I would recommend J. Gordon Holt's Sounds Like
audio vocabulary compendium.
Dark: "A warm, mellow, excessively rich quality in reproduced sound. The audible effect of a frequency response which is clockwise-tilted across the entire range, so that output diminishes with increasing frequency."
If you are interested in learning more, I have several links in my website's audio section:Val e-diction
I take it to mean that it is thicker in the bass with a kind of closed in feeling. Vocals and soundstage presentation are probably more recessed. Kinda like a brooding emotional feeling. Probably will not hear "air and space around instruments" as much, and decay and detail may be limited. Just my take on it, but everyone probably defines it differently.
The opposite of "too bright."
It probably means that the person speaking likes his sound on the warm side of neutral or, that he likes the top end rolled off, but that what he is hearing is too warm or too rolled off FOR HIM. Remember dark to some means warm and to others it means rolled off. You won't find it in Webster.
I like the above recommendations and reponses.
To keep it simple however, "too dark" means "DOESN'T SOUND GOOD!"...just like "too burnt", "too sick", or "too ugly" have negative connotations attached.
I would call its opposite "too light" or "too white." Not "too bright" as tbg says (in my book, too bright's opposite is too soft or too dull). Very subjective, and JGH's glossary is useless IMO. I think you can have a dark sound without being rolled in the highs as he suggests.
Potentially deep and rich sounding, which are usually considered positive attributes.
Dark sounding can usually be interpreted where the lower regions of the frequency spectrum are reproduced adequately, but the higher frequencies are not produced with the same weighting. Thereby reproducing what appears to be an unbalanced presentation.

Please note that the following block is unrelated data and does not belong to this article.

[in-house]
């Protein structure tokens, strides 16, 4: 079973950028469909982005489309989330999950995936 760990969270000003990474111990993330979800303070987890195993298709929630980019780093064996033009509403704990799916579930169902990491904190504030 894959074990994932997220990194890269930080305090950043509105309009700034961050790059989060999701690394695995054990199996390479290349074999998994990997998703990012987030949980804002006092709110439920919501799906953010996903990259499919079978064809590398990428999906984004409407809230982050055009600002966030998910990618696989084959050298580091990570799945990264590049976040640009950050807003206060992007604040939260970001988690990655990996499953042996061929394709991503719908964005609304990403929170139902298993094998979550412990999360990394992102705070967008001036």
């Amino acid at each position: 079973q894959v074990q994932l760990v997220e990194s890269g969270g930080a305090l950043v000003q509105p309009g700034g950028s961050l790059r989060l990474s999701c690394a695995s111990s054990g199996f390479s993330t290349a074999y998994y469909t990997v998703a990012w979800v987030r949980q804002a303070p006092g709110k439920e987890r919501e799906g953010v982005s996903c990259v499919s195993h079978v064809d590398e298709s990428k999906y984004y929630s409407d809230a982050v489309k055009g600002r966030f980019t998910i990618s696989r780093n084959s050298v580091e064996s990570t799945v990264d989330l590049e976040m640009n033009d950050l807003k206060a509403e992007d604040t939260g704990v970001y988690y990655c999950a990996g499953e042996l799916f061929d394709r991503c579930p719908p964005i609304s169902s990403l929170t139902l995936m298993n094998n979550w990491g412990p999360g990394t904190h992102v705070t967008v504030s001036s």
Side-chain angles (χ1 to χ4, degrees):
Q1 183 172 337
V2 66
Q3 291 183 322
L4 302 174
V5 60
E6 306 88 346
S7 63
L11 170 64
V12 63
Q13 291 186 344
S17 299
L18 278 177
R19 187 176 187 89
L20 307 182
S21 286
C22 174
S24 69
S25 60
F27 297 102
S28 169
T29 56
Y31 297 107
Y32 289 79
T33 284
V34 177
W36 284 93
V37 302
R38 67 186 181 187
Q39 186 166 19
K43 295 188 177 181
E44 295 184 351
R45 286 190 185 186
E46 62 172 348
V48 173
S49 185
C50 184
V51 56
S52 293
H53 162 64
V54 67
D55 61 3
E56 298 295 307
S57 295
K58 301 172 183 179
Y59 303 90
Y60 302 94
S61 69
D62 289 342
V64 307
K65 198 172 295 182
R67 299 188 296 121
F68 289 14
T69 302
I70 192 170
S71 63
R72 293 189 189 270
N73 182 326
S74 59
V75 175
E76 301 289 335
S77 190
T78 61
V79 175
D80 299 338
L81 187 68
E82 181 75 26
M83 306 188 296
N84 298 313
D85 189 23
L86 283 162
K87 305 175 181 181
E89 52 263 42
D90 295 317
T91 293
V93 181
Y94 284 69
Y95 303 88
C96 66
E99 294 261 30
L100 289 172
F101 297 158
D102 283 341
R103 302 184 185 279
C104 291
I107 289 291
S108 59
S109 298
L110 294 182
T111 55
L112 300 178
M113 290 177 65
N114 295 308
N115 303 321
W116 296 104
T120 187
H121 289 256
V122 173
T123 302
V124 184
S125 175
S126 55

Or more commonly as Drubin put it, rolled off highs.
"too" anything is no good. That being said, this audiophool can handle "too dark" much better than "too bright."
Warrenh, a true pearl of wisdom! Nothing irritates me more than the shrill shrewish screeching of a "too bright" system. Well, maybe I'm overstating, since most Agoners have systems which wouldn't send me running out of the room, even if leaning toward the bright end. I, like Warrenh, would be more at ease with a top end that is relaxed vs. one that is aggressive. But, as Paul Simon said,
"One man's ceiling
Is another man's floor."
Clearly this difference in opinion demonstrates the unfortunate truth that these terms are meaningless because they convey no information. The opposite of too bright is too dull, damped, excessive treble or no liveliness. Dark has always meant something else to me its meaning is almost impossible to properly define its like trying to tell someone what an apple tastes like.
I'll try its as if the timbre and texture of the sound is off in a deficient way so that the sound is closed in and collapsed (note not compressed) on itself. I agree that there is an element of boxiness.
Think of a portrait photo~on a dark portrait,details you know exsist,fine lines,uneven textures,lashes/brows blended would only just be visible in the most illuminated areas(foward points)outlines/edges less defined,full shape obscurred,background fading to inky black.Seems dark would lack stark detail,less 3 dimensional appearance,yet depth could remain in a raised relief,like a dessert sand dunes after sunset.Mind that this is just a guess based on what "dark" means to me concerning an image/picture.
A preamp that is to dark has a black faceplate rather than silver or white.
I agree with Red2 and Mechans. They hit it on the head. Closed-in, overdamped, air truncated, ringing or vibration damped down. Not my kind of sound...sort of dead....
>Or more commonly as Drubin put it, rolled off highs.
Actually, I argued against that as a hard and fast rule. I think you can have extended highs and still have a dark system. My personal vocabulary, YMMV.